The problem is no different with current non-GWT AJAX development. It is just that GWT does a lot of smoke and mirror compiling for you and if you unwittingly create holes in your Java RPC methods (without sufficient checks), then those holes are exposed for all to see (and play with).

So what techniques can we use to prevent us making such a holes. The following would be my quick and dirty set of rules.

1. Don't expose the domain model to the GWT compiler.

Why ? Well for a few reasons

(a) It will expose your internal workings of the application to the browser, and this is one place where the would-be nefarious person can start looking to analyse your application to understand its structure, thus weaknesses. You might think, "Gee, that's a lot of work when this JavaScript is obfuscated", but think for a second, is there anywhere in you application that one can profit (monetarily or otherwise) from your application, giving them an incentive to start the work ?

(b) To expose a Domain Model Object, means you probably want to "change" and store it, which means the DAO service (or similar) will have to take an object and save it to the database. Simply, find that DAO Service and the right object that it requires, and I can then start poking in (Object Injection) other object values to see if I change some stuff at the server.

2. Have Users / Accounts and Password - and Audit them
If you use usernames/passwords and sufficient checks in the right places you will have the ability to log who is doing what. Another way to think of this is, minimise the amount of GWT you use to people who are not authenticated against your application.

A way that I always achieve this these days is to use Acgei Security with Spring and webfilters over the whole application. This way I know which users are hitting which RPC methods and could audit appropriately.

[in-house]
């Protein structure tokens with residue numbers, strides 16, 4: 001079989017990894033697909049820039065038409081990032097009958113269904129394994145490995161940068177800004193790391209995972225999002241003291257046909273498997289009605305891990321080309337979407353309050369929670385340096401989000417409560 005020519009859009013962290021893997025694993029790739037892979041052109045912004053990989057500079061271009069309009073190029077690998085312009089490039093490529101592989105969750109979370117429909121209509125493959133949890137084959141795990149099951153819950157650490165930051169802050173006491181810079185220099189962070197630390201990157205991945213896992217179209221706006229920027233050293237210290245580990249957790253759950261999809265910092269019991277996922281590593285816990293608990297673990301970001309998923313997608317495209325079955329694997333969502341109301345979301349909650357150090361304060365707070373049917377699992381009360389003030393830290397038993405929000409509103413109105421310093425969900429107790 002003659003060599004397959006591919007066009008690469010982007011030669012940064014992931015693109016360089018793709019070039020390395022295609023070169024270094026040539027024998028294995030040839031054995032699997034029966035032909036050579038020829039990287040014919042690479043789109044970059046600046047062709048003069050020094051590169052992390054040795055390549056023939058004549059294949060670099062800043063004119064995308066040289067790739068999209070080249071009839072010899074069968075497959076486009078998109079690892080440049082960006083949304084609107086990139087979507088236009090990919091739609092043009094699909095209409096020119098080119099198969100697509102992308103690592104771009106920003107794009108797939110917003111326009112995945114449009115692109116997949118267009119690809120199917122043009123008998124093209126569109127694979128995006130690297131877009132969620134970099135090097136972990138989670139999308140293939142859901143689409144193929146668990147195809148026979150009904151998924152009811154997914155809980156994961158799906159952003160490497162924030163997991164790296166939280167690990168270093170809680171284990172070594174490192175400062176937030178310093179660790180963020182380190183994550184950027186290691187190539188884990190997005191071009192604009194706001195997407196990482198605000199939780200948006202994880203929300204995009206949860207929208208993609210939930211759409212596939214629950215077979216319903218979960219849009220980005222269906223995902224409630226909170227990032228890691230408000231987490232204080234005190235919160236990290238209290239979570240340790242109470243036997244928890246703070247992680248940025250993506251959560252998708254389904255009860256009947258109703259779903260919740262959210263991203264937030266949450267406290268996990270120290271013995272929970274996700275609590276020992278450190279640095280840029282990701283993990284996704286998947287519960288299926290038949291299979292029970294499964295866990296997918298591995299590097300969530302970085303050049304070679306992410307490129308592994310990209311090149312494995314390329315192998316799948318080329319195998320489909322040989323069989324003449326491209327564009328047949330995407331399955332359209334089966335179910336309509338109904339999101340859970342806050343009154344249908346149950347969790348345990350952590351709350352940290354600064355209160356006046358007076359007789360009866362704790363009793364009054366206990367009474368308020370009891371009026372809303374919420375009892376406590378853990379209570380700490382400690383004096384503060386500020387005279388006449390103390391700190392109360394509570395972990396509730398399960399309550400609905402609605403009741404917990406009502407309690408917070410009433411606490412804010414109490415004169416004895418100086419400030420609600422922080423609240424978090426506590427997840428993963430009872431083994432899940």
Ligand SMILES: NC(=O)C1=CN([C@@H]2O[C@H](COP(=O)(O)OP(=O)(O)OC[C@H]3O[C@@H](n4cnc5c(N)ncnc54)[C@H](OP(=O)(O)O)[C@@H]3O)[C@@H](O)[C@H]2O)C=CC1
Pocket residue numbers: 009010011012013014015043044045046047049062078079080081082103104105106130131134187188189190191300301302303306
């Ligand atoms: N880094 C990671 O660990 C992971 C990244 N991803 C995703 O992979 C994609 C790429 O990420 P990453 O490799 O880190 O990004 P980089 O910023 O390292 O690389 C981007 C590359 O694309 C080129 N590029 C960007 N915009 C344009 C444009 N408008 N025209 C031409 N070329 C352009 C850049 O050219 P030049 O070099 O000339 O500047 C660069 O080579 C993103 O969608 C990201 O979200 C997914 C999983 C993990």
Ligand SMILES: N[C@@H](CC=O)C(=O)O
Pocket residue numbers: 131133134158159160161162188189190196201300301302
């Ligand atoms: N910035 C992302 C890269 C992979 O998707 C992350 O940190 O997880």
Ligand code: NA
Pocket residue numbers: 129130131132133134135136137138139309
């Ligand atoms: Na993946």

3. Expose ONLY that which needs to be - Use DTO's, simple APIs, push "work" to the server, Separate Projects.

Use DTO's to push and pull your data back and forth. This way you can check the DTO values before storing and also know what is being exposed at the front end.

Use Simple API's - Make you RPC methods simple (ie, don't push too much back and forth). This is probably just a KISS principal and will help in making sure you don't inadvertantly expose that which shouldn't be.

Move as much logic as you can to the server. This ties in with the previous point. A simple API logically means that the complex stuff is on the server. This way, code which does not need to be seen, is not seen. Plus the burden on the browser *our unknown environment* is kept at a minimum (which has an added bonus because we don't want the help desk of our application getting complain calls saying the application slows down their browser thus tarnishing the "company".)

Separate Projects - One method I am using in my GWT apps is to have a separate project for GWT compiled code, for server (RPC and JSPs etc) and business / domain model. I use Maven 2 and a parent project compiles and assembles all 3 pieces together. So three projects, but ONLY one is the GWT compiled code, so I know that, anything potentially that goes in this client project, is going to be in JavaScript. Anything OUTSIDE that project, is hidden from the browser.

4. Secure all RPC interfaces
Use Aspects or Filters (I use Acegi Security) to secure your GWT RPC methods. You will be able to lock down the method calls to the user and also ensure that the "objects" are allowed to be transported that are.

I hope this little entry helps people see the potential issues and raise awareness in their designs about this potential security "feature".

It is nothing new, of course, but the way in which GWT development is done, can have an impact on the "bad applications" we write if we are not careful.

No comments:

Current 5 booksmarks @